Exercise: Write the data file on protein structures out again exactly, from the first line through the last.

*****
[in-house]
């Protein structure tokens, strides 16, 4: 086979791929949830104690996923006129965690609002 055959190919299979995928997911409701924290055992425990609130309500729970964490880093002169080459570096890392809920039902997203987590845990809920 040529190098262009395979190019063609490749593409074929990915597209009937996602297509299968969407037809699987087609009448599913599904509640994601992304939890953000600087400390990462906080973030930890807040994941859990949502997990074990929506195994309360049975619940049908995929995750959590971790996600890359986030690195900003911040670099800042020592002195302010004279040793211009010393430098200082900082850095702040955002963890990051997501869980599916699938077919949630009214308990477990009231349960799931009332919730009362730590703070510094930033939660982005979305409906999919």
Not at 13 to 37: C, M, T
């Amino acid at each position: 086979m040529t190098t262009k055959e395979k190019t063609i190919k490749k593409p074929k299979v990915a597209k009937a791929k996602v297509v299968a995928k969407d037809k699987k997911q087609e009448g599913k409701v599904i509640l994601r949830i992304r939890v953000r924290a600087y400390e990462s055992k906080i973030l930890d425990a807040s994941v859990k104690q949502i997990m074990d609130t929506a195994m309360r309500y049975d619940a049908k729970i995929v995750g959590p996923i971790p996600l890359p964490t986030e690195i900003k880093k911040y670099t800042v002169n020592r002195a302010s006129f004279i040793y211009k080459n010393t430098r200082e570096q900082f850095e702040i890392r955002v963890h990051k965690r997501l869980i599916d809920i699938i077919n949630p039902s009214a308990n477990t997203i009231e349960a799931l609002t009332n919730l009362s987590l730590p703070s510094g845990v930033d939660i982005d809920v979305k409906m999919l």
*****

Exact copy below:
[in-house]
């Protein structure tokens, strides 16, 4: 086979791929949830104690996923006129965690609002 055959190919299979995928997911409701924290055992425990609130309500729970964490880093002169080459570096890392809920039902997203987590845990809920 040529190098262009395979190019063609490749593409074929990915597209009937996602297509299968969407037809699987087609009448599913599904509640994601992304939890953000600087400390990462906080973030930890807040994941859990949502997990074990929506195994309360049975619940049908995929995750959590971790996600890359986030690195900003911040670099800042020592002195302010004279040793211009010393430098200082900082850095702040955002963890990051997501869980599916699938077919949630009214308990477990009231349960799931009332919730009362730590703070510094930033939660982005979305409906999919």
Not at 13 to 37: C, M, T
């Amino acid at each position: 086979m040529t190098t262009k055959e395979k190019t063609i190919k490749k593409p074929k299979v990915a597209k009937a791929k996602v297509v299968a995928k969407d037809k699987k997911q087609e009448g599913k409701v599904i509640l994601r949830i992304r939890v953000r924290a600087y400390e990462s055992k906080i973030l930890d425990a807040s994941v859990k104690q949502i997990m074990d609130t929506a195994m309360r309500y049975d619940a049908k729970i995929v995750g959590p996923i971790p996600l890359p964490t986030e690195i900003k880093k911040y670099t800042v002169n020592r002195a302010s006129f004279i040793y211009k080459n010393t430098r200082e570096q900082f850095e702040i890392r955002v963890h990051k965690r997501l869980i599916d809920i699938i077919n949630p039902s009214a308990n477990t997203i009231e349960a799931l609002t009332n919730l009362s987590l730590p703070s510094g845990v930033d939660i982005d809920v979305k409906m999919l």